By Lupe Lopez
It was 1984 and I was meeting a friend at the Immigration office in San Francisco. My friend was running late and asked that I wait for her in the courtroom. She gave me the number of the room and as I walked into the courtroom I saw a small, thin, older woman crying – throwing herself down on her knees begging the judge to not deport her son. “We have been here since he was 4 months old. We don’t even know anyone in Germany.” She cried and told him that they were alone and didn’t have anyone else but each other. The judge looked empathetic but he said his hands were tied. The young man of 19 had committed a crime that made him deportable. The judge said to her “if only your son had become a citizen. You both had plenty of time.” The young man was taken away and the older woman had to be carried out of the courtroom screaming and crying for her son.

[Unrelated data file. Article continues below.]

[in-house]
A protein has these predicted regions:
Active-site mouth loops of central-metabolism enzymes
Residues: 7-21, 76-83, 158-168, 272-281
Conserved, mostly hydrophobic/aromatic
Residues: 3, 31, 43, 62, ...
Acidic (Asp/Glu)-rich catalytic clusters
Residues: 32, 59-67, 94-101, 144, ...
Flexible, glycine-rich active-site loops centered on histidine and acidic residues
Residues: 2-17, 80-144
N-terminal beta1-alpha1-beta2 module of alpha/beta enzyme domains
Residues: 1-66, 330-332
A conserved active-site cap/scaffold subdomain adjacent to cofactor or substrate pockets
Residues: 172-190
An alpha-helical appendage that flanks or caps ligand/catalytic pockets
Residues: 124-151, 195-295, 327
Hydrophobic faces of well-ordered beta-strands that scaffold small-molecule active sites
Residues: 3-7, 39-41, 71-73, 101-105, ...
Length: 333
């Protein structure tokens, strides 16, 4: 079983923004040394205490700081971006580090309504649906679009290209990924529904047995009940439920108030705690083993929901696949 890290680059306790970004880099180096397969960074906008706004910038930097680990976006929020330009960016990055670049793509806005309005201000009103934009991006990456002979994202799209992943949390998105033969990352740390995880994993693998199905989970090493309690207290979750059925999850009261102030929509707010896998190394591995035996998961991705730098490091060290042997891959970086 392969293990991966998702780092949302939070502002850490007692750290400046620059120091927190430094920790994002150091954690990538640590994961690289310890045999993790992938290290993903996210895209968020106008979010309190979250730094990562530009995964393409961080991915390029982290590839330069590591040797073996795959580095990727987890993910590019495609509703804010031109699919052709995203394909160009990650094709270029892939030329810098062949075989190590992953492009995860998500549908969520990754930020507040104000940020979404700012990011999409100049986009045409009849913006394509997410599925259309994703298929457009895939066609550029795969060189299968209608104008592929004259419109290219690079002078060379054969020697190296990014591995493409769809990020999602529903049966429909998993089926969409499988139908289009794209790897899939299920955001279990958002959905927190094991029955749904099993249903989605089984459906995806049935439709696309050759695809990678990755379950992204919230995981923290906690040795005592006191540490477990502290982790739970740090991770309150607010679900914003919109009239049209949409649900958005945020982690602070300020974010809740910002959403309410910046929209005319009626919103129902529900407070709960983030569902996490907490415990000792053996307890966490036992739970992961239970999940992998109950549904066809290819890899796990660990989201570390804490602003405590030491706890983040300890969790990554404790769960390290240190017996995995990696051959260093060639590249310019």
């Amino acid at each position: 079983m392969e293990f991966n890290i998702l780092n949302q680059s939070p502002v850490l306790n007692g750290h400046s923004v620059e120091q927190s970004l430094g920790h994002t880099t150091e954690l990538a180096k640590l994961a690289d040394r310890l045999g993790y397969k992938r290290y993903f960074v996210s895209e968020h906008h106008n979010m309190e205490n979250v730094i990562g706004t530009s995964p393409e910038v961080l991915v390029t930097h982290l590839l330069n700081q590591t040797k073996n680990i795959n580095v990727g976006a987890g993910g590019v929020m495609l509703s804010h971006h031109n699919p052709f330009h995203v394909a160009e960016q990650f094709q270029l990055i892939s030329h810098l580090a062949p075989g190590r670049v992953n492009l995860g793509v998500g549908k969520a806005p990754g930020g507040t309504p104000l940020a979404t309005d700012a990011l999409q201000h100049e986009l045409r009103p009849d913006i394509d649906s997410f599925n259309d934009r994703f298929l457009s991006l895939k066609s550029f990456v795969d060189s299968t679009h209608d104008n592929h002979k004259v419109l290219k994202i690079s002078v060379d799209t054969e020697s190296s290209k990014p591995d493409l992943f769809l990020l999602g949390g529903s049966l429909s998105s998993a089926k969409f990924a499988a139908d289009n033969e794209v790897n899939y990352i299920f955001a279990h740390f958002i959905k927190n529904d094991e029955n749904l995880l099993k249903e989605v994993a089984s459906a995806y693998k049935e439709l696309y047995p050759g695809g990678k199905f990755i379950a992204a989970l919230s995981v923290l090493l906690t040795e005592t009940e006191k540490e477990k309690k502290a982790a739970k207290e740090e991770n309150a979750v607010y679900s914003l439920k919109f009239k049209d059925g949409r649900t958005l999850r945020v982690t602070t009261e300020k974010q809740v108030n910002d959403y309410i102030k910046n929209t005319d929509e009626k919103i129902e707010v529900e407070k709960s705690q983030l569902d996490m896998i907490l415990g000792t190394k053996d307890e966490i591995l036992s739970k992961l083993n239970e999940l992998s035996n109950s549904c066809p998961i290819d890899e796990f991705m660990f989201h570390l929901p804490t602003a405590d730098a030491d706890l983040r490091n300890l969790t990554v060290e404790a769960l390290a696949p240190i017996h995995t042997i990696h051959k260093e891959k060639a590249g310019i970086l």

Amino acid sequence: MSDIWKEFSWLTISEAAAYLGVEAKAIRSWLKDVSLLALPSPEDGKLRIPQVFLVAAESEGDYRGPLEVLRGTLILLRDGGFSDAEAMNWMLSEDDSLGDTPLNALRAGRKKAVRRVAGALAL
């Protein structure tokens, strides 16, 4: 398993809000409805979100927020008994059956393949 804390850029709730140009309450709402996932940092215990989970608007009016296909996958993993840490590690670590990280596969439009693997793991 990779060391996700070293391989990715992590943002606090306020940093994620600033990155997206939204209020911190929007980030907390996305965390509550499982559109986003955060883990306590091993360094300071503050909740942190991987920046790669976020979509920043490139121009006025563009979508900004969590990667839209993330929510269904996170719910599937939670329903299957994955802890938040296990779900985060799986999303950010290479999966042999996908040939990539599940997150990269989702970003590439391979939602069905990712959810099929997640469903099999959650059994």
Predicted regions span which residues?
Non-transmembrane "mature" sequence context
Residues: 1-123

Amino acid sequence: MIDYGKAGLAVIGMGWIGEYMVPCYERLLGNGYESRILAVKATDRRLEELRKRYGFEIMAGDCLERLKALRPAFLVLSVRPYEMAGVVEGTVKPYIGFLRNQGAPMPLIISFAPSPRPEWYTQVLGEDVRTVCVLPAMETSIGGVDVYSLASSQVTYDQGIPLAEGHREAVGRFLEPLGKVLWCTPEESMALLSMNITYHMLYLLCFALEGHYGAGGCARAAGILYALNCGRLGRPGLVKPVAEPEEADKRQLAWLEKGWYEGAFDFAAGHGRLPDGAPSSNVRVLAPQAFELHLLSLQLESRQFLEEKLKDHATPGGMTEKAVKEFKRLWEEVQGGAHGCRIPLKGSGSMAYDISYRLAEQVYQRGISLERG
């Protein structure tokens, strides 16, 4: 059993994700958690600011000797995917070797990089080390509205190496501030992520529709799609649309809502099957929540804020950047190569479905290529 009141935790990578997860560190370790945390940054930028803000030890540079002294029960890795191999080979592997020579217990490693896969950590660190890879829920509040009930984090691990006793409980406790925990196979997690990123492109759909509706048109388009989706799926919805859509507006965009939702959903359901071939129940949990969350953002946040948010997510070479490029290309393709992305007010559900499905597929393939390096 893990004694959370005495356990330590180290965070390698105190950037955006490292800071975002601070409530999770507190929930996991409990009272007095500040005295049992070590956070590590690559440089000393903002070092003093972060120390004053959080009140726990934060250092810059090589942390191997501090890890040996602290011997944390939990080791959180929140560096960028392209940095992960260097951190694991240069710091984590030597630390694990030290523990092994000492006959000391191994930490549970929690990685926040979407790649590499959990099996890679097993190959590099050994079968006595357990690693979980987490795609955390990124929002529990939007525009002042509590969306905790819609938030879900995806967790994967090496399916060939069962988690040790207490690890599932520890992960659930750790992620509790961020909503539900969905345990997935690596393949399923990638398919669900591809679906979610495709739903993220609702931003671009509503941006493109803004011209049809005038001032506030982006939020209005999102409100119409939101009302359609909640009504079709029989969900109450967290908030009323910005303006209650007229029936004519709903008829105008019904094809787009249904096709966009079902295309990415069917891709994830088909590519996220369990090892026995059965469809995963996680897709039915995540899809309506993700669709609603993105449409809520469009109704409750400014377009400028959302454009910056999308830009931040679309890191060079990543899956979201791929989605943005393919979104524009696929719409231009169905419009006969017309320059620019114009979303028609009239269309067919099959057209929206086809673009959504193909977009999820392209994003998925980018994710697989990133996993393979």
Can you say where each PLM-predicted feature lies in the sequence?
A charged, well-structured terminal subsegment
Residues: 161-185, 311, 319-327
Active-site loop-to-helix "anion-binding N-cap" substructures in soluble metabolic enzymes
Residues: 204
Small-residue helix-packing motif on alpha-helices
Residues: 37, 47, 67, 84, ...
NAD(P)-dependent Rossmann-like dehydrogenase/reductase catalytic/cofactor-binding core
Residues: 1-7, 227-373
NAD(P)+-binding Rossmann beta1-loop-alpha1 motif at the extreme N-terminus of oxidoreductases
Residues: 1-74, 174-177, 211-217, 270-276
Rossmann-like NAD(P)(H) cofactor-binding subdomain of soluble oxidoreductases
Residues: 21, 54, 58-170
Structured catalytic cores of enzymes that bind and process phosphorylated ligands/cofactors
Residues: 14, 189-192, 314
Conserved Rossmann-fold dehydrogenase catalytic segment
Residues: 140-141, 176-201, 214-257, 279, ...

I have never forgotten that courtroom scene. In 1984 I never dreamed that someday I would be working with Immigration lawyers or in an immigration law firm. But, since I started working in the field of immigration, there has not been a month that goes by that I have not heard this same scenario in one form or another. Parents become legal permanent residents and then for any of a multitude of reasons, never become U.S. Citizens; leaving their children to make the decision themselves as to whether or not they want to become citizens. They never imagine that one day their child can be in the wrong place at the wrong time, or simply that their child may never get into trouble with the law.